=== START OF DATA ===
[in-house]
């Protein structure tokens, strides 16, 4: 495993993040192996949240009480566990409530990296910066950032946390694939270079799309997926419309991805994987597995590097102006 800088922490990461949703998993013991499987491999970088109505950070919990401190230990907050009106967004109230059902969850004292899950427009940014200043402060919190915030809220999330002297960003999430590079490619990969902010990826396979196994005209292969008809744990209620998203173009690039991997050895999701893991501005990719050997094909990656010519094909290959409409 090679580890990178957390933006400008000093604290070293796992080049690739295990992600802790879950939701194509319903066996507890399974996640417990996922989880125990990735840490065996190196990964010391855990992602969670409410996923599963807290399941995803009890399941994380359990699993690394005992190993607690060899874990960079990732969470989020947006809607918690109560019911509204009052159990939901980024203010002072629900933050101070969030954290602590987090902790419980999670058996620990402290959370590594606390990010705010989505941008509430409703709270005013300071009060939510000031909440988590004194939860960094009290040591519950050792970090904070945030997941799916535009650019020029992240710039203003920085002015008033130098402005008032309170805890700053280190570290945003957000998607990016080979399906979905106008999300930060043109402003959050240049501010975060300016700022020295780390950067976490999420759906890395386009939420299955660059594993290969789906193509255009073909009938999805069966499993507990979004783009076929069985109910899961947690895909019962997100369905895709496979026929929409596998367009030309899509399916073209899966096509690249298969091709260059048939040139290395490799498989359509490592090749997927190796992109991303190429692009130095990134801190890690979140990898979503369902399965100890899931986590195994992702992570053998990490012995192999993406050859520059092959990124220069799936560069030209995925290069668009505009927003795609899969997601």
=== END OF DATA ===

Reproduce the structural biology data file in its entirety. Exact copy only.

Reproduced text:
[in-house]
């Protein structure tokens, strides 16, 4: 495993993040192996949240009480566990409530990296910066950032946390694939270079799309997926419309991805994987597995590097102006 800088922490990461949703998993013991499987491999970088109505950070919990401190230990907050009106967004109230059902969850004292899950427009940014200043402060919190915030809220999330002297960003999430590079490619990969902010990826396979196994005209292969008809744990209620998203173009690039991997050895999701893991501005990719050997094909990656010519094909290959409409 090679580890990178957390933006400008000093604290070293796992080049690739295990992600802790879950939701194509319903066996507890399974996640417990996922989880125990990735840490065996190196990964010391855990992602969670409410996923599963807290399941995803009890399941994380359990699993690394005992190993607690060899874990960079990732969470989020947006809607918690109560019911509204009052159990939901980024203010002072629900933050101070969030954290602590987090902790419980999670058996620990402290959370590594606390990010705010989505941008509430409703709270005013300071009060939510000031909440988590004194939860960094009290040591519950050792970090904070945030997941799916535009650019020029992240710039203003920085002015008033130098402005008032309170805890700053280190570290945003957000998607990016080979399906979905106008999300930060043109402003959050240049501010975060300016700022020295780390950067976490999420759906890395386009939420299955660059594993290969789906193509255009073909009938999805069966499993507990979004783009076929069985109910899961947690895909019962997100369905895709496979026929929409596998367009030309899509399916073209899966096509690249298969091709260059048939040139290395490799498989359509490592090749997927190796992109991303190429692009130095990134801190890690979140990898979503369902399965100890899931986590195994992702992570053998990490012995192999993406050859520059092959990124220069799936560069030209995925290069668009505009927003795609899969997601």